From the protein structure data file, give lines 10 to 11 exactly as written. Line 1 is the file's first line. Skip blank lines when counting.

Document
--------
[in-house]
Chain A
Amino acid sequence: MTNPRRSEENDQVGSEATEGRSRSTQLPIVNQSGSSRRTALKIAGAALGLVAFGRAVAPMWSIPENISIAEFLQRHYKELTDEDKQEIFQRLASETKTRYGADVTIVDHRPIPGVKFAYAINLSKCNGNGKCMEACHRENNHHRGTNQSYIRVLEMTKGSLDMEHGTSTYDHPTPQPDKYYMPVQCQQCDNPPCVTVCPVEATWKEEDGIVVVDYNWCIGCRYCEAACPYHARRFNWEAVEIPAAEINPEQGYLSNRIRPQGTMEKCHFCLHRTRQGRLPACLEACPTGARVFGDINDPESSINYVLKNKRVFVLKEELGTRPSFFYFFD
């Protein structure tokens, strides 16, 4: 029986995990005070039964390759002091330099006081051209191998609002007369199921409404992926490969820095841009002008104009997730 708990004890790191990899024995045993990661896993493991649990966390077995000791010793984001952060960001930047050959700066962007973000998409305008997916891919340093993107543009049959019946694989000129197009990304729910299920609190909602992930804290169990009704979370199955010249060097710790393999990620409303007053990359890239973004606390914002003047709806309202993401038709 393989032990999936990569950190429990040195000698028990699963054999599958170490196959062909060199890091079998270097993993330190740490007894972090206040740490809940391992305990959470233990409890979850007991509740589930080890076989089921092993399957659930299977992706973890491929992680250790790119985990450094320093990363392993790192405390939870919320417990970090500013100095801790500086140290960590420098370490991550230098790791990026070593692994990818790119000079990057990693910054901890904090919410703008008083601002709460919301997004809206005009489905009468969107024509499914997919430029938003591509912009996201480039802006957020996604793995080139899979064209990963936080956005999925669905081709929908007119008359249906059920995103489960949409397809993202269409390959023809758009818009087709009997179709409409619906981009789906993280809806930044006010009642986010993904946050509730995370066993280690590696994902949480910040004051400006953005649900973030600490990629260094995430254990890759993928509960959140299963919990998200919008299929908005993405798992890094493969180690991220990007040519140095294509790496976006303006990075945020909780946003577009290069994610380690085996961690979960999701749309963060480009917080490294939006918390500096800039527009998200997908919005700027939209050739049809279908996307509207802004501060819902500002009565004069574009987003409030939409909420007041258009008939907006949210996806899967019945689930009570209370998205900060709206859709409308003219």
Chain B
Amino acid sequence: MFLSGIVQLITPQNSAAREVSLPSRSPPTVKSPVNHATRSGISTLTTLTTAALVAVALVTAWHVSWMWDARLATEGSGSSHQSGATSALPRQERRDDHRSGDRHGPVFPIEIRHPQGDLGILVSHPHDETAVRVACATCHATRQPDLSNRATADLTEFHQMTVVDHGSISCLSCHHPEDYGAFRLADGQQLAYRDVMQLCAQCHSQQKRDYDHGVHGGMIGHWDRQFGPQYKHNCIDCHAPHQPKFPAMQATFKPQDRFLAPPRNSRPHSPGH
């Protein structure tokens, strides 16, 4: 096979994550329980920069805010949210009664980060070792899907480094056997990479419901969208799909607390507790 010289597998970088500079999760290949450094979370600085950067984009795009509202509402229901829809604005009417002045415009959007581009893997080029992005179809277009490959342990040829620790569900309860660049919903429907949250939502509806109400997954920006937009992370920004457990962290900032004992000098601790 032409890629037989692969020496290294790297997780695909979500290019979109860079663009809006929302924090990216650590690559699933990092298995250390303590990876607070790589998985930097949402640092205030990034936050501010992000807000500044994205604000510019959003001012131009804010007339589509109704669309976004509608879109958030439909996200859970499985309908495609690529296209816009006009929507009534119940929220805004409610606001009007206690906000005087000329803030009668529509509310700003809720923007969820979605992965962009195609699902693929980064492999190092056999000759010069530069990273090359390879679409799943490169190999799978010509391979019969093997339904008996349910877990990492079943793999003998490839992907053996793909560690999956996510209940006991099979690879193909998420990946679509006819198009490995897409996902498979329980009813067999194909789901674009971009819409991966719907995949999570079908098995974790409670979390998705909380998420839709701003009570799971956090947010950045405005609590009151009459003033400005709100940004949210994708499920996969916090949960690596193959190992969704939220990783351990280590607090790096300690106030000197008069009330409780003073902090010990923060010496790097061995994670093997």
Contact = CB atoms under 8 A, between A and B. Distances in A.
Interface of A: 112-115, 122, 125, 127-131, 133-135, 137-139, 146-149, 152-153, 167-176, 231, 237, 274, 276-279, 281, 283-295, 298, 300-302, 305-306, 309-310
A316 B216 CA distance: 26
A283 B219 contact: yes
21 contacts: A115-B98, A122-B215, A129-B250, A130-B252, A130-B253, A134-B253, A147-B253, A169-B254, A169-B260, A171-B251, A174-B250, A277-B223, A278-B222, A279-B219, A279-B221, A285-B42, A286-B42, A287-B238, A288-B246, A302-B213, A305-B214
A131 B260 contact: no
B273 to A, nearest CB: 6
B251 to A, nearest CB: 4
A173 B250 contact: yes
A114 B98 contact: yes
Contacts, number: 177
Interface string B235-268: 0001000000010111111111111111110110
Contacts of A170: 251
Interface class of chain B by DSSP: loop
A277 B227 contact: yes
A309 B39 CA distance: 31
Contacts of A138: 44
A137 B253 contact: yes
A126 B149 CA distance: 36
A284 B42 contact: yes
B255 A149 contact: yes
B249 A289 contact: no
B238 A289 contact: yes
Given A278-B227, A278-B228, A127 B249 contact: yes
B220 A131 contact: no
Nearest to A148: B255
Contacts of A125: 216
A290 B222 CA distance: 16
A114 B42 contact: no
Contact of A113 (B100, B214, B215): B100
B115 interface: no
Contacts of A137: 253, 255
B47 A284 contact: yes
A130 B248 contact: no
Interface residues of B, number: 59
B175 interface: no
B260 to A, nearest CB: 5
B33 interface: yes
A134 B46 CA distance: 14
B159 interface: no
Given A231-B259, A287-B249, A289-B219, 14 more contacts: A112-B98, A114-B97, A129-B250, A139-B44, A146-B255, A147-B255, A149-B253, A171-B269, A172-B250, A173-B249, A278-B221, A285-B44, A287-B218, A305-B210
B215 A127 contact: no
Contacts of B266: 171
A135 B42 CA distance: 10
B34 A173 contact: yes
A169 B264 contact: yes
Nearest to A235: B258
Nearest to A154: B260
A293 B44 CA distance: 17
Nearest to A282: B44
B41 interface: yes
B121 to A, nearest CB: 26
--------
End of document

A316 B216 CA distance: 26
A283 B219 contact: yes